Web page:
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Subhas Chandra Bose Aapda Prabandhan Puraskar 2022

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SUBHAS CHANDRA BOSE AAPDA PRABANDHAN PURASKAR 2022 GoI invites nominations for the “Subhas Chandra Bose Aapda Prabandhan Puraskar” for excellence in the field of Disaster Management The Government of India has instituted Subhas Chandra Bose Aapda Prabandhan Puraskar to recognise the excellent work done by the individuals and institutions in the field of disaster management. The Government of India invites nominations for the “Subhas Chandra Bose Aapda Prabandhan Puraskar” for excellence in the field of Disaster Management. The online process of application for the  Subhas Chandra Bose Aapda Prabandhan Puraskar  is presently open. Nominations of Individuals and Institutions can be filed  at “ www.dmawards.ndma.gov.in ” up to 31 st August 2021.  These awards are announced on the birth anniversary of Netaji Subhas Chandra Bose on 23 rd  January every year. In addition to a certificate, these awards carry a cash award of Rs 51 lakhs for an Institution and Rs 5 lakhs for an Individu

COVID-19 Vaccine Mythbusters

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Myth: People with one or more comorbidities should not get vaccinated.  Fact: COVID-19 vaccines are safe and effective in adults with comorbidity.  Myth: Wearing a mask is no longer necessary after getting vaccinated.  Fact: Ever after getting vaccinated, one must follow covid appropriate behaviour i.e. wearing a mask, maintaining social distance and regularly washing/sanitising hands.  Myth: If you have had Coronavirus, then you don’t need the vaccine.  Fact: It is advisable to receive the complete schedule of COVID-19 vaccine irrespective of past history of infection. One must get vaccinated three months after recovery.  Myth: Vaccine can cause infertility in men and women.  Fact: COVID-19 vaccine is completely safe and there is no scientific evidence to prove that it can cause infertility in men and women.  Myth: Women should not take the vaccine 5 days before and after their menstrual cycle.  Fact: Experts have rubbished the claim and said periods have no effect on the vaccin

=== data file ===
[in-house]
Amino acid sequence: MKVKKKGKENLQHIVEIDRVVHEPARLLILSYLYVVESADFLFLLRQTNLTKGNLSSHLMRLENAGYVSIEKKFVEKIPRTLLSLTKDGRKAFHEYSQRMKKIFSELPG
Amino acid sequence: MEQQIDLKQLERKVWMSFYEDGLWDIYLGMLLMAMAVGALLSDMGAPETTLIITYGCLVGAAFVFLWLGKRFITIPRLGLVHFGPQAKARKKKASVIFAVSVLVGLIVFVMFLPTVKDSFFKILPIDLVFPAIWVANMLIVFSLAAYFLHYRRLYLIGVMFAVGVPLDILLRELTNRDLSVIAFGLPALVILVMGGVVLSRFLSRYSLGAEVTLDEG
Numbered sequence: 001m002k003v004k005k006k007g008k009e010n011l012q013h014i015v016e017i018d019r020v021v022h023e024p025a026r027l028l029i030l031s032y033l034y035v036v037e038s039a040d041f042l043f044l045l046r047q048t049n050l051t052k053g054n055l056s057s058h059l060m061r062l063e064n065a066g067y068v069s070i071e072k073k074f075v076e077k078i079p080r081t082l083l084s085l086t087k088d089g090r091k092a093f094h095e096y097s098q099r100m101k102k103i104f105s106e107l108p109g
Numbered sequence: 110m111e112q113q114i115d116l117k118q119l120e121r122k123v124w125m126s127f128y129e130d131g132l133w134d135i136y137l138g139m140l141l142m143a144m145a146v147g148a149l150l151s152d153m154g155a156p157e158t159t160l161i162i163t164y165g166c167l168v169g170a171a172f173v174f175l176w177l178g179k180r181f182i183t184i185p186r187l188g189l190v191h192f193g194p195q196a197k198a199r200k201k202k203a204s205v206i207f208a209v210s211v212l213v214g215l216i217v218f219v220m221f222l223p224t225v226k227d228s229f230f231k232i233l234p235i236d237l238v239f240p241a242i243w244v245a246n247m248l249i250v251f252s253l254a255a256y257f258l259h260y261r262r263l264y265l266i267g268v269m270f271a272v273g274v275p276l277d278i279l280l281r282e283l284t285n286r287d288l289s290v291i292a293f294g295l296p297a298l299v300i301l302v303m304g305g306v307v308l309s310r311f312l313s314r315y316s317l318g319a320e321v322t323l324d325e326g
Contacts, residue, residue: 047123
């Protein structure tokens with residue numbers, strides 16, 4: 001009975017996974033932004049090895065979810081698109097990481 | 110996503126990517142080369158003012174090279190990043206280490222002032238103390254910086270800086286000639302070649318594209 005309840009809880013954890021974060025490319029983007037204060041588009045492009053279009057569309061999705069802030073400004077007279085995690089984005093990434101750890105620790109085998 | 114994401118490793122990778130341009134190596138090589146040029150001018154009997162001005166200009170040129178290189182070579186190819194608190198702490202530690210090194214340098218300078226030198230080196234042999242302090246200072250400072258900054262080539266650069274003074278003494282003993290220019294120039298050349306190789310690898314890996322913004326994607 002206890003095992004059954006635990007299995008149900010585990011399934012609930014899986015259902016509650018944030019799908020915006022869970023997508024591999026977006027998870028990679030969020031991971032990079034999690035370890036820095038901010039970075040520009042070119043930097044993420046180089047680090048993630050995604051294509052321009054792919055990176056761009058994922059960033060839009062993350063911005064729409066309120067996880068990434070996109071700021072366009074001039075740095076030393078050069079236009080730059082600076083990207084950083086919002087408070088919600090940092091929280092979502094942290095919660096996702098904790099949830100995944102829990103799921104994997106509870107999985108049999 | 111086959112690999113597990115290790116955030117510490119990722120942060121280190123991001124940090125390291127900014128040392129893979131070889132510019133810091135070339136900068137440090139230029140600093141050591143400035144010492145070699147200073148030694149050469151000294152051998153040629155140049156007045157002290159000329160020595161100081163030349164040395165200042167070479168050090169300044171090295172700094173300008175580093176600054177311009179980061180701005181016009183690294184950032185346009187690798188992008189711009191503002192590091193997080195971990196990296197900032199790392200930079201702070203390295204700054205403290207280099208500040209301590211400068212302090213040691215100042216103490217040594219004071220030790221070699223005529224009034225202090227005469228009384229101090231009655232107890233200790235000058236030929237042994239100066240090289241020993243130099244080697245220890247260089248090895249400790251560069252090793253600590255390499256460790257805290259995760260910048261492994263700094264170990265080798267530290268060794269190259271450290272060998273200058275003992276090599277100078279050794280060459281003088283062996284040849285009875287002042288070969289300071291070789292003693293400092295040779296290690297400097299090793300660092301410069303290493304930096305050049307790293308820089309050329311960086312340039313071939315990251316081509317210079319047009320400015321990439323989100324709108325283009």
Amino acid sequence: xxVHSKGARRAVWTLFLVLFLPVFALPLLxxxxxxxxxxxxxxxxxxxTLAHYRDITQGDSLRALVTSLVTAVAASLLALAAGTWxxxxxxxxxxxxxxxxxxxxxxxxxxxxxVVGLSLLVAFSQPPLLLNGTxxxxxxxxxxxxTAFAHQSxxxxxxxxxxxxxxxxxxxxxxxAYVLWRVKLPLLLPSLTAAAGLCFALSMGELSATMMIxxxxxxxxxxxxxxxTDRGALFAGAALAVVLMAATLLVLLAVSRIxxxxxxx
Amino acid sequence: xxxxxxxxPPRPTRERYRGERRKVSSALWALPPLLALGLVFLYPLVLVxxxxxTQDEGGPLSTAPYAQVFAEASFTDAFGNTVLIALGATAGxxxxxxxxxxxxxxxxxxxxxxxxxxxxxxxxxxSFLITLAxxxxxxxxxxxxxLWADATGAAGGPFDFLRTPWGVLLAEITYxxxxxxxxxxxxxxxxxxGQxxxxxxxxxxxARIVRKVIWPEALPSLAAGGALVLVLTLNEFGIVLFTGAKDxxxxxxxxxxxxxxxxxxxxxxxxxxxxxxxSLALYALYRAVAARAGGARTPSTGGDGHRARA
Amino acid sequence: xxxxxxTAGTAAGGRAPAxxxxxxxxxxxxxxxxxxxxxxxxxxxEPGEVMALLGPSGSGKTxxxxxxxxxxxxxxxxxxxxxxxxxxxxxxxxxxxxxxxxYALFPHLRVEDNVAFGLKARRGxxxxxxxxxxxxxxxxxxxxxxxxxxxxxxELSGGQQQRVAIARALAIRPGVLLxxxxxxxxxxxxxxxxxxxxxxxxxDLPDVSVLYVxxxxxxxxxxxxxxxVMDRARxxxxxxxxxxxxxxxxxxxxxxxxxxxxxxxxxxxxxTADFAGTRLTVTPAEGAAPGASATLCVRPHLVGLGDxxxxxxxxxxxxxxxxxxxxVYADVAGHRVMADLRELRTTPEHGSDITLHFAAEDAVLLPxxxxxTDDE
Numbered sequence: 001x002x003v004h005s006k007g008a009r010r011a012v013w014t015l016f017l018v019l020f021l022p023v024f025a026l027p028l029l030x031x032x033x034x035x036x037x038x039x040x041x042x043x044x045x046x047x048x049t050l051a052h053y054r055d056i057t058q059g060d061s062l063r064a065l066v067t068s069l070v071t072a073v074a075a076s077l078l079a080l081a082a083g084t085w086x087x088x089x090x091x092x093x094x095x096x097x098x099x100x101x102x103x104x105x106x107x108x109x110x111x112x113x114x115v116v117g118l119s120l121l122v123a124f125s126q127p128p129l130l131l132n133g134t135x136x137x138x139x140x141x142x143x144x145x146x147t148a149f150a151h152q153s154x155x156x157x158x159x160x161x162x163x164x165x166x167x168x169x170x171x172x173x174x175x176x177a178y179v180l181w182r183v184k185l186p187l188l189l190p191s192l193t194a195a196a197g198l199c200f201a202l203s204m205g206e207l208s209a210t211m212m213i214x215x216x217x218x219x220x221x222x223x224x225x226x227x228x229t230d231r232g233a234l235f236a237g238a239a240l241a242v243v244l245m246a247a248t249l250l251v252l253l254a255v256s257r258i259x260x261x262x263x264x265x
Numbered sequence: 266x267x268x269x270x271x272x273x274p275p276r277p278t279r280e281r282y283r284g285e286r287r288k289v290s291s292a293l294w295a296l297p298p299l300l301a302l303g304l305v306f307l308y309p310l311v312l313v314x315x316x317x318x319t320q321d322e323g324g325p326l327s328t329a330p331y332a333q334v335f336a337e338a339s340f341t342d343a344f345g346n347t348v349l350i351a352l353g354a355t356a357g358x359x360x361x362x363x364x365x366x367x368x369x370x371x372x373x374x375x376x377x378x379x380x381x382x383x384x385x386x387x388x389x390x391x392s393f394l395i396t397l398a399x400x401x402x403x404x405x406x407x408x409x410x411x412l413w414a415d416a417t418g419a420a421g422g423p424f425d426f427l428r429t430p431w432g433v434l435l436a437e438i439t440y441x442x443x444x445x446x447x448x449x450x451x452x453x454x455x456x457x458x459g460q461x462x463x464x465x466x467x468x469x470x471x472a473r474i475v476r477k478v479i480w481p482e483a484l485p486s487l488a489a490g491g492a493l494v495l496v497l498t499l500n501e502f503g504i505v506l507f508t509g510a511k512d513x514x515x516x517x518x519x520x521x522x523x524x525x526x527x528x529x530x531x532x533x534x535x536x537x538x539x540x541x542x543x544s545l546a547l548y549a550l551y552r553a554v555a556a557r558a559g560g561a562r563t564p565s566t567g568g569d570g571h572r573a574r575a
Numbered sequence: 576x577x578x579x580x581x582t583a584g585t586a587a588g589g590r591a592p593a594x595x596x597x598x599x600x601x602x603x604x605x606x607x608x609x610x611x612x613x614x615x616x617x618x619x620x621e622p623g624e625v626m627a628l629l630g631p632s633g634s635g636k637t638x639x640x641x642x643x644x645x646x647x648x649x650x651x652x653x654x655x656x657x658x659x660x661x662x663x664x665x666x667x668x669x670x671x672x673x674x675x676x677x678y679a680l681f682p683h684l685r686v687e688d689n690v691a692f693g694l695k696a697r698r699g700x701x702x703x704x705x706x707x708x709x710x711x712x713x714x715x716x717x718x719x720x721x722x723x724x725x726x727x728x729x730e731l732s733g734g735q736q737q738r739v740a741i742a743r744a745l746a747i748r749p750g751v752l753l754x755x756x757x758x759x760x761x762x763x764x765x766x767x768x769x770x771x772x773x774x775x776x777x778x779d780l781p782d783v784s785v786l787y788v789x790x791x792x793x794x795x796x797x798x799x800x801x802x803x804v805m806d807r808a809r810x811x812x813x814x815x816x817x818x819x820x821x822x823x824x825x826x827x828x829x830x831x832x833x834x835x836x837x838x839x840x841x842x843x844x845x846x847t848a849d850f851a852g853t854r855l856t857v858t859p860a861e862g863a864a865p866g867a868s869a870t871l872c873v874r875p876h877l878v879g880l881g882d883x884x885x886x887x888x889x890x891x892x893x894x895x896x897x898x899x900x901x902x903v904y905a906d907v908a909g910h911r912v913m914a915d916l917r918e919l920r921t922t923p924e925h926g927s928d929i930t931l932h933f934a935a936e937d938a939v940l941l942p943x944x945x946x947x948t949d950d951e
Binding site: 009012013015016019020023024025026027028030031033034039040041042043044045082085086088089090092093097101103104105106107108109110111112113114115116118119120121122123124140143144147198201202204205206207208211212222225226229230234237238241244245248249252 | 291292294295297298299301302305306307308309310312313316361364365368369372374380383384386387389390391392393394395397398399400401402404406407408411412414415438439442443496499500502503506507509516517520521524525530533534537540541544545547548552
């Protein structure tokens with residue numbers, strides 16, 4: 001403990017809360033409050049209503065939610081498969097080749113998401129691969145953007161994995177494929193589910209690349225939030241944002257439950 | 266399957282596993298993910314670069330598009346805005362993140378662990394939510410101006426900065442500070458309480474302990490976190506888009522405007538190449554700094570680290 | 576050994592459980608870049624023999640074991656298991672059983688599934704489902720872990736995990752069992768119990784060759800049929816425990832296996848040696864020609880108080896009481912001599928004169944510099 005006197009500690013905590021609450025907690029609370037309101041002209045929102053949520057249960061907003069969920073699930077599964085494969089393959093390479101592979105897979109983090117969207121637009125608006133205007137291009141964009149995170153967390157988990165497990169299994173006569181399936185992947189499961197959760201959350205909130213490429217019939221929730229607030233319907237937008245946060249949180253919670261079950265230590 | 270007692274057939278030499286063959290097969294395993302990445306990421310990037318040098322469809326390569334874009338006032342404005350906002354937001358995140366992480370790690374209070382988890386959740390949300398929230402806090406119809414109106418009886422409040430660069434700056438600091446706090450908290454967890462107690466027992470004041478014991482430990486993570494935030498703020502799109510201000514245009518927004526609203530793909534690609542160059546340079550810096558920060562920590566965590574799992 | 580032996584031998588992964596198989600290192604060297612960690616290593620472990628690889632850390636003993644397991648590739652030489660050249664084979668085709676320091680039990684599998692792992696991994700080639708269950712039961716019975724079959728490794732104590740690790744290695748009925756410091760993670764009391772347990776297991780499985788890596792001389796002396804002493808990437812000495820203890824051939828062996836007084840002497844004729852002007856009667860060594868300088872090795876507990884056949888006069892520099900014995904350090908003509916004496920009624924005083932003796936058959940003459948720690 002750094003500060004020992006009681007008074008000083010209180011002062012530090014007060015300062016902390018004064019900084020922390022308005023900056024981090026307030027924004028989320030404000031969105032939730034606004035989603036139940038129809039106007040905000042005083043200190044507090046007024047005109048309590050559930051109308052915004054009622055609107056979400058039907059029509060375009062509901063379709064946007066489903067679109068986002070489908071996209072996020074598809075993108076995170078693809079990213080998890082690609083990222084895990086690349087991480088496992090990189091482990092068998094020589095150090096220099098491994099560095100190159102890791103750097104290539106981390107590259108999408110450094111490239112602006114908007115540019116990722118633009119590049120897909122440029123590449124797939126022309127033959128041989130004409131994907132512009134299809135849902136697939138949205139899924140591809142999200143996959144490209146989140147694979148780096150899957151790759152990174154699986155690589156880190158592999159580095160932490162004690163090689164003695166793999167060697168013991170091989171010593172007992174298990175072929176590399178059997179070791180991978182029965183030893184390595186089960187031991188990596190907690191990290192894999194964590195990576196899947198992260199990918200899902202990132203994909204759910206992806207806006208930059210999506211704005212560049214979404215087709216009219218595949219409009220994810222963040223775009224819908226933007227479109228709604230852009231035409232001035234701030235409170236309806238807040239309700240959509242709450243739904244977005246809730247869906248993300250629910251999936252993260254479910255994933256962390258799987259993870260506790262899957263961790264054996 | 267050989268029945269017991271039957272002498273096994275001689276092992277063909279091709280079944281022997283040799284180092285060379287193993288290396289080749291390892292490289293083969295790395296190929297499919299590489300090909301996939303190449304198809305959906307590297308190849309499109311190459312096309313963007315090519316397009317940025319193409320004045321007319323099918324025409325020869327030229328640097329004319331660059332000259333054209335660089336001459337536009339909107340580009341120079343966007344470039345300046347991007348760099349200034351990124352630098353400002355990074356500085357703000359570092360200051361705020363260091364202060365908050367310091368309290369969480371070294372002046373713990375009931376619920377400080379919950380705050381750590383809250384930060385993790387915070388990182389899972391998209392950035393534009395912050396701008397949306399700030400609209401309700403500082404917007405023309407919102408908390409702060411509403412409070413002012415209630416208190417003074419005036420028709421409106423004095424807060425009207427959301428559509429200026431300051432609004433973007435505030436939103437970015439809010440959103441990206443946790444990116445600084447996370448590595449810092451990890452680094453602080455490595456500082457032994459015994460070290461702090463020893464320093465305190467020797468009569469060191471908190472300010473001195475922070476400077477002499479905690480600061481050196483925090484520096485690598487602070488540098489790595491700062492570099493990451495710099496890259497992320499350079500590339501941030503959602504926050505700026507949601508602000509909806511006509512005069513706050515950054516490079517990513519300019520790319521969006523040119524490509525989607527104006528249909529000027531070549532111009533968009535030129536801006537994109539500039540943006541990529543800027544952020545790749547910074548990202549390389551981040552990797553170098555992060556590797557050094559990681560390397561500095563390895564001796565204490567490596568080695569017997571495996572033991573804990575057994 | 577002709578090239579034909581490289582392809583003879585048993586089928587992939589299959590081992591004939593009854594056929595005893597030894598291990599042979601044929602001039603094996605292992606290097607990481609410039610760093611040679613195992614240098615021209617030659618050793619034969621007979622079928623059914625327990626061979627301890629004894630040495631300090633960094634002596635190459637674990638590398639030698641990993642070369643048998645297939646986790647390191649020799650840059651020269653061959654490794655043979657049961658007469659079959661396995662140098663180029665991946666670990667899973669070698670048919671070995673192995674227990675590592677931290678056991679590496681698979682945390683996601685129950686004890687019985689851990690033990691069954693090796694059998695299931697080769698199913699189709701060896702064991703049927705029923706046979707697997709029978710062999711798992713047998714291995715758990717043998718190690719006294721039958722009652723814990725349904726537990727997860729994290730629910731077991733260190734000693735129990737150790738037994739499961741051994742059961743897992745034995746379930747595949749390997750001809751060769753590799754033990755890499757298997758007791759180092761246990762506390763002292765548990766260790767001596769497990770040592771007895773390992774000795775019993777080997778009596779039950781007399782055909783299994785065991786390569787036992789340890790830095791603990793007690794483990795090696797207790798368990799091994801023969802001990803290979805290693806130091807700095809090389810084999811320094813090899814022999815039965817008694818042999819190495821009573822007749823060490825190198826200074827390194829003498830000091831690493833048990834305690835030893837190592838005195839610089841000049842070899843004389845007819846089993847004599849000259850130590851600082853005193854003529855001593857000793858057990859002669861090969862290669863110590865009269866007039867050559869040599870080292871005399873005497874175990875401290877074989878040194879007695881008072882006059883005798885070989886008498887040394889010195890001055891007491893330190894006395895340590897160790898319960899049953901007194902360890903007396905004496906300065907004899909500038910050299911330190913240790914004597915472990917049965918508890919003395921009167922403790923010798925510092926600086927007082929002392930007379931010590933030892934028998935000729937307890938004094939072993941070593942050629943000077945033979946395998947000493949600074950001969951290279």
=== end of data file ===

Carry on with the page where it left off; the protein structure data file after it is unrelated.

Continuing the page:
Five FAQs - Flood

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What are floods and the factors which cause floods? An overflow of a large amount of water beyond its normal limits, especially over what is normally dry land.  Causes : - • Meteorological factors such as heavy rainfall, cyclonic storms, etc.  • Hydrological factors such as occurrence of high tides.  • Anthropogenic factors such as unplanned urbanization, poor waste management system, ill maintenance of drainage systems, etc. What preparations can people residing in flood-prone areas take?  Be updated about the weather. Prepare an emergency kit with essential items, keep a first aid kit, and keep important documents in water proof bags. One should keep their mobile phones charged and use SMS if necessary. Keep animals untied for their safety.  How should one stay safe during a flood?  During a flood, one should not enter flood waters. If necessary, wear suitable footwear. Stay away from sewerage lines, drains, gutters, electric poles, fallen power lines. Eat freshly cooked food or dry

Common Alert Protocol - Disaster Risk Reduction through an Integrated Alert System